Walmart is closing 4 Chicago stores

“These stores lose tens of millions of dollars a year, and their annual losses nearly doubled in just the last five years,” the retail giant said in a statement.
Walmart Academy-Chicago
Walmart is closing half of its stores in the Chicago area, including a training academy. / Photo courtesy of Walmart

Two years after proclaiming that “Walmart believes in Chicago’s hopeful future,” the retail giant announced Tuesday that it is shutting down four of its eight remaining stores in the city because they never turned a profit.

Walmart will close the four Chicago locations on Sunday. They include Neighborhood Market stores in Kenwood, Lakeview and Little Village and one Supercenter on the city’s South Side, in the Chatham neighborhood. That location also includes a health center and a Walmart Academy job training center.

Walmart’s Chatham store had been closed for nearly half a year after being damaged in the civil unrest that followed the 2020 murder of George Floyd in Minneapolis.

“The simplest explanation is that collectively our Chicago stores have not been profitable since we opened the first one nearly 17 years ago. These stores lose tens of millions of dollars a year, and their annual losses nearly doubled in just the last five years,” Walmart said Tuesday. “The remaining four Chicago stores continue to face the same business difficulties, but we think this decision gives us the best chance to help keep them open and serving the community.”

The closures come a couple of weeks after Walmart confirmed it would close 15 stores around the country this year. These four Chicago closures were not included in that list, though three other Illinois closures—in Homewood, Plainfield and Lincolnwood—were previously reported.

In June 2021, Walmart President and CEO Doug McMillon penned an op-ed titled “CEO: Walmart Believes in Chicago” for a local business journal.

“Despite our historic challenges in the market, we believe in the potential of our associates and our business in Chicago,” McMillon wrote. “So we decided we wouldn’t do just what was necessary to reopen, but that we should expand our investment in the community and improve on what we had offered before.”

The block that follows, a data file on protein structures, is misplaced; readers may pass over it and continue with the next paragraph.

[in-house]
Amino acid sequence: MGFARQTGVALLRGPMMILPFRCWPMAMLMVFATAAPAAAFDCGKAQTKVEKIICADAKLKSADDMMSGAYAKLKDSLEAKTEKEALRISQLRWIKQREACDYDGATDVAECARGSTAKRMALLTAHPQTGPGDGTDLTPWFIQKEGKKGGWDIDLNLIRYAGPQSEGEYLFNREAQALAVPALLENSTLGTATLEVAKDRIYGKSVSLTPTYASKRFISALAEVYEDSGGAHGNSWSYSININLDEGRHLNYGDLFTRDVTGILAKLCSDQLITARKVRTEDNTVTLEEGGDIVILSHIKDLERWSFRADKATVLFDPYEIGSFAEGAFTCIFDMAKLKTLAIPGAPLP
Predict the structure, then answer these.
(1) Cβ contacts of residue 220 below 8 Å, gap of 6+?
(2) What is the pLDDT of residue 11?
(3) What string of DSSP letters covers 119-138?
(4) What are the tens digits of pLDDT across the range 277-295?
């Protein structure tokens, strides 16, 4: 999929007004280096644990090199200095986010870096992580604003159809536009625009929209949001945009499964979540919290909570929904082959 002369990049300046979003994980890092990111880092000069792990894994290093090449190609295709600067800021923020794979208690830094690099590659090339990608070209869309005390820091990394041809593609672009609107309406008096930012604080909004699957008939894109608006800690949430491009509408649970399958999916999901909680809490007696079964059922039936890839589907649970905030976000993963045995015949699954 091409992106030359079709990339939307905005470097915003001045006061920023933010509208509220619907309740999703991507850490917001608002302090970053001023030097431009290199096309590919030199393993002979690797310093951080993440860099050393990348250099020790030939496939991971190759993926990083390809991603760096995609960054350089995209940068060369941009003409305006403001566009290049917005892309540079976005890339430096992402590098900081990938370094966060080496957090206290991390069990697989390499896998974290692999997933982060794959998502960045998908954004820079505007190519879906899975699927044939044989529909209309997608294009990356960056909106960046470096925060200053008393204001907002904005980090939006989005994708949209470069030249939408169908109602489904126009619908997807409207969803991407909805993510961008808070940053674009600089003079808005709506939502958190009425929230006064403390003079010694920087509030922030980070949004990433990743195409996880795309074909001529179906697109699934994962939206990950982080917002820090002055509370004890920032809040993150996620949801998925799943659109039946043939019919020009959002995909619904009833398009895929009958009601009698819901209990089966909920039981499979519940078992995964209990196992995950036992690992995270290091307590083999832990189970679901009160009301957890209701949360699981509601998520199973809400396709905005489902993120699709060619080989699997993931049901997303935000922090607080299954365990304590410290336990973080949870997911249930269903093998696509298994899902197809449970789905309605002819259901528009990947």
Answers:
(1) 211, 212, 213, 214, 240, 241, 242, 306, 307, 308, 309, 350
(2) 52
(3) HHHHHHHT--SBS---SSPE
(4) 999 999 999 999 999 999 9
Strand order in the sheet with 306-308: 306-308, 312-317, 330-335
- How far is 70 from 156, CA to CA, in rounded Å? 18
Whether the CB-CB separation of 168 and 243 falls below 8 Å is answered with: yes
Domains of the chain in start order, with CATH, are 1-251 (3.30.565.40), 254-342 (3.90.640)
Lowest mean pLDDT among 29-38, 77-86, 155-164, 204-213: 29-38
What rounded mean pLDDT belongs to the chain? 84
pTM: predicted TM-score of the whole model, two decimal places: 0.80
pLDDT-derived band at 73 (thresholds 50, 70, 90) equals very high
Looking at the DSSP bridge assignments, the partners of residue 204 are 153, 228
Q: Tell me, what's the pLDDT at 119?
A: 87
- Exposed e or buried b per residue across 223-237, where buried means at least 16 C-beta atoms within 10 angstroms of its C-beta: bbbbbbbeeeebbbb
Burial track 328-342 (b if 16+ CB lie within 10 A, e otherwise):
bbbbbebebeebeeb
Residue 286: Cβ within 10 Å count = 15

“Walmart wants to serve the people of this great city, build a successful business and work with those who are determined to see Chicago fulfill its potential,” he wrote at the time.

In June 2020, McMillon stood on stage with Mayor Lori Lightfoot and said that, even though the Chicago stores were losing money, the company remained committed to the city. 

“When you look at the size of the investment we’re making, we’re not making it for the short term. It’s our intention to be here,” he said at the time, according to the Chicago Tribune. “I can’t speak to future years, if some future generation of Walmart leaders may come by and look at the profit and loss of these stores and make different choices a store at a time. But this commitment we’re making is big, so we’re intending to be here to stay.”

A Walmart spokesperson did not immediately respond to a WGB request for further comment on the latest closures or the future of Walmart’s Neighborhood Market concept.

As of January 31, Walmart operated 5,317 retail locations in the U.S., including 3,572 Supercenters and 682 Neighborhood Markets.

Walmart said all workers at the four stores slated for closure will be eligible to transfer to the retailer’s other locations.

The Bentonville, Arkansas-based retailer said it has tried a variety of strategies over the years to improve the performance of its Chicago stores, including building smaller stores, selling locally made products, and expanding services beyond traditional retail offerings. Walmart said it has invested “hundreds of millions of dollars” in Chicago, including $70 million in recent years to upgrade stores and build two new health facilities and the training center in Chatham. Walmart said it has also met with community leaders to try to solve the issues.

“It was hoped that these investments would help improve our stores’ performance,” Walmart said. “Unfortunately, these efforts have not materially improved the fundamental business challenges our stores are facing. … As we looked for solutions, it became even more clear that for these stores, there was nothing leaders could do to help get us to the point where they would be profitable.”

Pharmacies at the soon-to-shutter locations will stay open for up to 30 days, Walmart said.

Walmart said it will donate the Walmart Academy to the community and that it will work with local leaders to find ways to reuse the closed store buildings.

Walmart employees at the impacted locations will be paid until Aug. 11, unless they transfer to another store doing that time. If they don’t transfer, they will be eligible for severance benefits, the company said.

Chicago Mayor-Elect Brandon Johnson said he will work to ensure that communities impacted by the Walmart closures have access to groceries, according to a statement posted on Twitter by a Chicago Tribune reporter. 

"Walmart's decision to close four locations in Chicago this week will leave a void in the communities they serve, particularly stores located in communities that have historically lacked options for grocery stores and pharmacies," Johnson said. "These stores served as a crucial lifeline for communities to obtain fresh, affordable produce."

UPDATE: This story has been updated with a comment from Chicago's incoming mayor. 



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